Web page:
Everyone has the same or similar essentials. We all need food, shelter, clothing, transportation, vocation, and education.
The next category is the nonessentials. These are things that add value to our lives. For example, I don’t need my kitchen table, but I work at it, my family has great dinners at it, it really enhances my experience of life. And minimalism isn’t about deprivation. It’s about identifying that which adds value to our lives and then letting go of that which doesn’t. And that’s the third category: junk.
Junk masquerades as something that adds value. These are often aspirational purchases, like the orange sweatshirt that looked great on the mannequin but doesn’t look great on me, so it’s going to sit in the back of the closet because I can’t let go of it. But if we get rid of the junk, we experience the paradox of minimalism: As a minimalist, I get far more value from the few items I own because everything serves a purpose or brings me joy.
But parting with possessions can be so difficult!
The difficulties we have often have to do with the stories we tell ourselves, and the disempowering language we use, like, I could never let go of this. Or we say things like, I love this toaster. But if I tell you that I love my toaster, and I also love my wife, what does that mean? When we use the same language to describe very different things, no wonder we get so confused. No wonder it’s so difficult to let go when I’m treating my toaster like I treat my wife.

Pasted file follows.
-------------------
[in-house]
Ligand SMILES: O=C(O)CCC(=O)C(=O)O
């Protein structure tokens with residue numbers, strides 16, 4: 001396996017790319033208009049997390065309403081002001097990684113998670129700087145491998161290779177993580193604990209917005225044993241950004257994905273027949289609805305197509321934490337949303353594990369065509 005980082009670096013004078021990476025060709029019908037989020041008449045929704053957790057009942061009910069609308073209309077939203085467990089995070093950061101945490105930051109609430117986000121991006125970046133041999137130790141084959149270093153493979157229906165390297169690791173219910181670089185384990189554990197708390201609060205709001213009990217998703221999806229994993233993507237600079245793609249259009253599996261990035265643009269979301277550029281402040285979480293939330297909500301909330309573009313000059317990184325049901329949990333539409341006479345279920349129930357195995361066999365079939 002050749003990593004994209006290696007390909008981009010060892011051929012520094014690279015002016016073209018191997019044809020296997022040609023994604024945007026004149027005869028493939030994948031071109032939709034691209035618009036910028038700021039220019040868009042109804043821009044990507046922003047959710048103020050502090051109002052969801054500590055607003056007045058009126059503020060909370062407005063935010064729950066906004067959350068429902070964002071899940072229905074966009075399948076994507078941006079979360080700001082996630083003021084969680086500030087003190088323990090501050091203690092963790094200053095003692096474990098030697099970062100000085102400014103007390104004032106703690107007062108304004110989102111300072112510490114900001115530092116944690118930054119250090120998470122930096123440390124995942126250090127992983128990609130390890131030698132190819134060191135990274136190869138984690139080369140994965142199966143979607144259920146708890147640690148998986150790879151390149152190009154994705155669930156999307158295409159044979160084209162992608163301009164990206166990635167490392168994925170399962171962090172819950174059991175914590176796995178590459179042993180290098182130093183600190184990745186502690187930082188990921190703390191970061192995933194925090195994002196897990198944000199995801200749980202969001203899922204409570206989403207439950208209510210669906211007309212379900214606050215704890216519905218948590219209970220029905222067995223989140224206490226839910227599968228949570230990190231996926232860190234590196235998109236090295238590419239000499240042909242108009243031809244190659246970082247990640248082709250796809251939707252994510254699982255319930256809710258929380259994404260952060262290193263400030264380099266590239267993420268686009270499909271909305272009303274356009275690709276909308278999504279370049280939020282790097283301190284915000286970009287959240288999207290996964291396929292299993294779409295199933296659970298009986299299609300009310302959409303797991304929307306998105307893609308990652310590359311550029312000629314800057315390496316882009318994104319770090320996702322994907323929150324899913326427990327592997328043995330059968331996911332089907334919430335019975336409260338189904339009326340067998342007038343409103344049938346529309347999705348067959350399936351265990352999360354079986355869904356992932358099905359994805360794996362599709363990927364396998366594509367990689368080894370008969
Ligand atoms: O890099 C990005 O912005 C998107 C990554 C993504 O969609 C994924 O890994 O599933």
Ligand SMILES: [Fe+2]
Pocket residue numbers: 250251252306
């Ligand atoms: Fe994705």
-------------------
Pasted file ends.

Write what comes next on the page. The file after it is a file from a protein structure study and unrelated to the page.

What about choosing to live with something simply because it’s beautiful?
I think beauty is essential. Having beautiful things is really useful in a home because it provides calm and serenity, and it aids in the function of a home. But think about when you visit a museum. Isn’t there this beautiful sense of calm and serenity? You experience that because they don’t have any excess in there. Now imagine how you’d feel if all the archives were stacked in the galleries. That’s what we’re doing to our homes, so no wonder it feels like chaos. We’ve intermingled all the junk with the essential and value-adding things. In fact, the junk is getting in the way of those things that could add value.
How do we keep the junk out?
One way is by using the “Wait For It Rule.” If something costs more than $30, then I am going to wait at least 30 hours before purchasing it. We’ve also created the following five questions to ask before buying something: